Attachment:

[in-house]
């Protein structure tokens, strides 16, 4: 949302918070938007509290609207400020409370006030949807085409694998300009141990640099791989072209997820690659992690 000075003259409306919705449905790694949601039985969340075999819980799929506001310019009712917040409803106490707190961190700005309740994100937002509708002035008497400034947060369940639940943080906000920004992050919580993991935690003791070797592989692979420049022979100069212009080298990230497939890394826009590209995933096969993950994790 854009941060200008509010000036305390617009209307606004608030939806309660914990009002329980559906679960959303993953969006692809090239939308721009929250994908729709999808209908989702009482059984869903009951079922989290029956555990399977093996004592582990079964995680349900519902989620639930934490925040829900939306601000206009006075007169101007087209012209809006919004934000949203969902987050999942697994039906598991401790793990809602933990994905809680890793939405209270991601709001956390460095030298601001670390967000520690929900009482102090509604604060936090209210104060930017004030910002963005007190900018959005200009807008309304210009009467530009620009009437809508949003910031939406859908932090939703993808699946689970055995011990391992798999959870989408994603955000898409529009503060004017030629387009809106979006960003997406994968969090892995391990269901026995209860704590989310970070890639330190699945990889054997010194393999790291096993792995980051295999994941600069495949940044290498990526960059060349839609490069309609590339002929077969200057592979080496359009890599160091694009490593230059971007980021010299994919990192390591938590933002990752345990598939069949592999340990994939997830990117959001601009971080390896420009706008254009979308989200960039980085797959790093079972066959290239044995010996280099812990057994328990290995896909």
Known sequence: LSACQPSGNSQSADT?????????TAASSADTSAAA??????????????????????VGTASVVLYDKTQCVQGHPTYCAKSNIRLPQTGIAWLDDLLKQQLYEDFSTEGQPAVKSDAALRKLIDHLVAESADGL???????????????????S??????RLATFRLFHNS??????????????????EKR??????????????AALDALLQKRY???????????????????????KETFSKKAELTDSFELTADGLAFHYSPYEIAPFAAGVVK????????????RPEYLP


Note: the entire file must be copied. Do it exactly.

[in-house]
């Protein structure tokens, strides 16, 4: 949302918070938007509290609207400020409370006030949807085409694998300009141990640099791989072209997820690659992690 000075003259409306919705449905790694949601039985969340075999819980799929506001310019009712917040409803106490707190961190700005309740994100937002509708002035008497400034947060369940639940943080906000920004992050919580993991935690003791070797592989692979420049022979100069212009080298990230497939890394826009590209995933096969993950994790 854009941060200008509010000036305390617009209307606004608030939806309660914990009002329980559906679960959303993953969006692809090239939308721009929250994908729709999808209908989702009482059984869903009951079922989290029956555990399977093996004592582990079964995680349900519902989620639930934490925040829900939306601000206009006075007169101007087209012209809006919004934000949203969902987050999942697994039906598991401790793990809602933990994905809680890793939405209270991601709001956390460095030298601001670390967000520690929900009482102090509604604060936090209210104060930017004030910002963005007190900018959005200009807008309304210009009467530009620009009437809508949003910031939406859908932090939703993808699946689970055995011990391992798999959870989408994603955000898409529009503060004017030629387009809106979006960003997406994968969090892995391990269901026995209860704590989310970070890639330190699945990889054997010194393999790291096993792995980051295999994941600069495949940044290498990526960059060349839609490069309609590339002929077969200057592979080496359009890599160091694009490593230059971007980021010299994919990192390591938590933002990752345990598939069949592999340990994939997830990117959001601009971080390896420009706008254009979308989200960039980085797959790093079972066959290239044995010996280099812990057994328990290995896909």
Known sequence: LSACQPSGNSQSADT?????????TAASSADTSAAA??????????????????????VGTASVVLYDKTQCVQGHPTYCAKSNIRLPQTGIAWLDDLLKQQLYEDFSTEGQPAVKSDAALRKLIDHLVAESADGL???????????????????S??????RLATFRLFHNS??????????????????EKR??????????????AALDALLQKRY???????????????????????KETFSKKAELTDSFELTADGLAFHYSPYEIAPFAAGVVK????????????RPEYLP